New Program Encourages Moms to Explore Science

OGDEN, Utah – Botany, chemistry and physics … subjects that once caused many moms to say “oh my” will be a little less intimidating thanks to a new program at Weber State University.

On Nov. 13, WSU’s College of Science will offer the first of eight courses in a fun, free, hands-on program called Science Moms. Created by AmyJo Proctor, assistant director of WSU’s Ott Planetarium, the program is a chance for moms to get together in a friendly environment and learn more about science.

“Oftentimes, women shy away from the subject,” Proctor said. “We want to make science friendly and approachable; after all, science is all around us. We want to show moms how it works in their daily lives and how they can help their children better understand it.”

Participants will meet from 9 a.m. to noon on the second Saturday of the month from November to June. Each class will focus on a different area of science, from botany, chemistry and physics to zoology, microbiology, geosciences and mathematics. By participating in activities like growing microorganisms, looking at DNA and learning how home strep tests work, moms can then show their children how fun — and important — science is.

“Science sets children up to succeed in life,” said WSU physics professor Adam Johnston, who assisted Proctor in developing the curriculum for Science Moms. “It’s everywhere ... in jobs, technology, medicine, you name it. Science also helps you make decisions on a personal level, from what foods do I eat to what kind of car do I buy?”

Through the program, Proctor wants to help mothers get their children involved in science early in life.
“In elementary school, kids are still at an age where they enjoy science,” she said. “If we can get moms to encourage that interest early on, we can keep children from developing an ‘ewwww, science is gross’ attitude later. If they’re doing science at home with their families, it won’t seem weird to them in school.”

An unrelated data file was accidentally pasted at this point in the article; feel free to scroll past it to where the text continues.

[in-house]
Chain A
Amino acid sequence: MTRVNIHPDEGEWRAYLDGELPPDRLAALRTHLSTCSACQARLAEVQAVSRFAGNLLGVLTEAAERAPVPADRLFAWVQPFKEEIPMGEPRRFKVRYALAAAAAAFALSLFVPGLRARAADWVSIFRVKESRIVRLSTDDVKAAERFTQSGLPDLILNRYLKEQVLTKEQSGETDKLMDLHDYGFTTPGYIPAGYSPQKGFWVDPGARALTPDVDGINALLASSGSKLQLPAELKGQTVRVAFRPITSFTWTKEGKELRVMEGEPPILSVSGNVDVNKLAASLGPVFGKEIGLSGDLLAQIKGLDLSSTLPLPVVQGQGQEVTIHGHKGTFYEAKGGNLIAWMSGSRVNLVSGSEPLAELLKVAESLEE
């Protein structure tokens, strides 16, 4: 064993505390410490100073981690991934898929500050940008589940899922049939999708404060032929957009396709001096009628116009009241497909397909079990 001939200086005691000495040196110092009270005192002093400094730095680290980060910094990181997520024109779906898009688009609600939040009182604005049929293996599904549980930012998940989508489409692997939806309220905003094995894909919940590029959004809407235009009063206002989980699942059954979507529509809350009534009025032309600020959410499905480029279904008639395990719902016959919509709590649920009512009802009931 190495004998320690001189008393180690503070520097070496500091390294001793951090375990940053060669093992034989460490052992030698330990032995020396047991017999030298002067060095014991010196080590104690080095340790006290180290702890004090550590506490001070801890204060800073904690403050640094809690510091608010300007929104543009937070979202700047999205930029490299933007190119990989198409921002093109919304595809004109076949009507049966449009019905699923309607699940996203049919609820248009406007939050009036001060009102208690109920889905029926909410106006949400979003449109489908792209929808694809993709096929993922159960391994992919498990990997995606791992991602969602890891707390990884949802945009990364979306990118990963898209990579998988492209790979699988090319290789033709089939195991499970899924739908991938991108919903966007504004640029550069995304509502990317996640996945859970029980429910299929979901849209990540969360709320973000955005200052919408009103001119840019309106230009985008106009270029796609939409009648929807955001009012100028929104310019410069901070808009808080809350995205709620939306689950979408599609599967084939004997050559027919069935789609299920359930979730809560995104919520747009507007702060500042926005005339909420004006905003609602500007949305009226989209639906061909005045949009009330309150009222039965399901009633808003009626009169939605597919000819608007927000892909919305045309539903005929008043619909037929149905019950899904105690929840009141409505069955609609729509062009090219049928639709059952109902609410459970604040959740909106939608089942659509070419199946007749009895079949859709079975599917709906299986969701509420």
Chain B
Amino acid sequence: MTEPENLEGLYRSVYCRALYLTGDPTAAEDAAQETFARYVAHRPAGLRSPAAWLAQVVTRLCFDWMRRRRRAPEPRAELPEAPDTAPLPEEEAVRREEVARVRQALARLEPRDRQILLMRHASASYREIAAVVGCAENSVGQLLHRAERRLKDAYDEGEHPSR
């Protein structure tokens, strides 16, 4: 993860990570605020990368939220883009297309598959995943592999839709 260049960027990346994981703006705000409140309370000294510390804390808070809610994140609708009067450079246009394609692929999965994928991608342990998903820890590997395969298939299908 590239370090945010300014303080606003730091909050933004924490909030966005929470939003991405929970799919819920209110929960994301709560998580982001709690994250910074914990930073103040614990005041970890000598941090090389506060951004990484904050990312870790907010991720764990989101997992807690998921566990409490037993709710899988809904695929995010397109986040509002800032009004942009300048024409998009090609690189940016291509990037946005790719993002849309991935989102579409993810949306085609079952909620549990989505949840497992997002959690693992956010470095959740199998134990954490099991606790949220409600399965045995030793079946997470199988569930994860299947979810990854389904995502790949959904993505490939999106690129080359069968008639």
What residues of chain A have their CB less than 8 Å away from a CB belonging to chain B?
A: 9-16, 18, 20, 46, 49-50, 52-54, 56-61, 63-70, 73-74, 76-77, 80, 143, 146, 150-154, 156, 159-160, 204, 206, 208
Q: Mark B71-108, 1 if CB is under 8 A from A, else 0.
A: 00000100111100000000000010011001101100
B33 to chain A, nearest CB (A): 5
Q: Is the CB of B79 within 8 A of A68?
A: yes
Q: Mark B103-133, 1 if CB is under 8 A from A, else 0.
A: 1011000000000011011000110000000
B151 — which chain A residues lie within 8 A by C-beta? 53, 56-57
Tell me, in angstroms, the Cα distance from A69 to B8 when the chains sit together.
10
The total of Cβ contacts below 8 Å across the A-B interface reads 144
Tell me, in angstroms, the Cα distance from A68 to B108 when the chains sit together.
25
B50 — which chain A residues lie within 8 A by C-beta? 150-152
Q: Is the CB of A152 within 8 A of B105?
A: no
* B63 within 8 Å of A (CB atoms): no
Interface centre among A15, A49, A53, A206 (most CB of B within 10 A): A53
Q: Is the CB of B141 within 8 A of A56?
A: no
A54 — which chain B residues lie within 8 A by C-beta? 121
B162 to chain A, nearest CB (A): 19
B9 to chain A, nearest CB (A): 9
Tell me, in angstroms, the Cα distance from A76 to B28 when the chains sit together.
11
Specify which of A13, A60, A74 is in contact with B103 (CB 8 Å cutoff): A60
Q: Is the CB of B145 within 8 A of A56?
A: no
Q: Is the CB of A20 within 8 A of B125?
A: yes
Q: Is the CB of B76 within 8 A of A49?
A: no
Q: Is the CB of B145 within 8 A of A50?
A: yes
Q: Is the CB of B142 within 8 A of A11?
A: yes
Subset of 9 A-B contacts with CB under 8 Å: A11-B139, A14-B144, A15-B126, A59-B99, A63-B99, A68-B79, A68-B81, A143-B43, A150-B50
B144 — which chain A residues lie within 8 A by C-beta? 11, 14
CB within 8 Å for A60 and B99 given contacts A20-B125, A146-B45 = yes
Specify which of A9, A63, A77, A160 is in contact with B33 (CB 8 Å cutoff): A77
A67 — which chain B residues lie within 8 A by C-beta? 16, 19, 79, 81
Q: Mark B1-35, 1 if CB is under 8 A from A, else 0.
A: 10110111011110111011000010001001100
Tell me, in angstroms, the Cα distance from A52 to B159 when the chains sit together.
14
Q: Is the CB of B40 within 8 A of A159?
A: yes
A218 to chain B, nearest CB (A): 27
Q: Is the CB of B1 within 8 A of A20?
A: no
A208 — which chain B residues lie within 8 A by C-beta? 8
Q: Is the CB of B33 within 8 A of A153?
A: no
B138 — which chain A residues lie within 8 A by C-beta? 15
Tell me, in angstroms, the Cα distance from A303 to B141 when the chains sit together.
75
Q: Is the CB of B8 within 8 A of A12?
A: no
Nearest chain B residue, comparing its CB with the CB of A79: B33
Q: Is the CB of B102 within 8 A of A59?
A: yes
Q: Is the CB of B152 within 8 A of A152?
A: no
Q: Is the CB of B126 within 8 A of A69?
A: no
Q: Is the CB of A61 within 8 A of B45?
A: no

When the idea for Science Moms first came to Proctor, she said she couldn’t help but think of how influential moms are.
“If children have big decisions to make, if something exciting happens to them, or if they have a problem, who do they go to? Mom. Moms make great role models,” she said.

While the program will help mothers help their children in school, it also will give them a place to meet other moms and a chance to work with highly regarded female mentors and scientists from WSU’s College of Science.

Science Moms is open to mothers of children of all ages. Funded by the Utah Families Foundation, all materials will be provided free of charge. The first class will meet Nov. 13 at 9 a.m. in Lind Lecture Hall Room 231. Childcare will be available and will feature science-oriented activities.

Space is limited. Register online at webersci.org/sciencemoms.

For more information, contact Proctor at 801-626-6871 or amyjoproctor@weber.edu.

Visit weber.edu/wsutoday for more news about Weber State University.

Contact:
AmyJo Proctor, assistant director of the Ott Planetarium and founder of Science Moms
801-626-6871 • amyjoproctor@weber.edu
Author:
Amy Hendricks, office of Media Relations
801-626-6346 • amyhendricks@weber.edu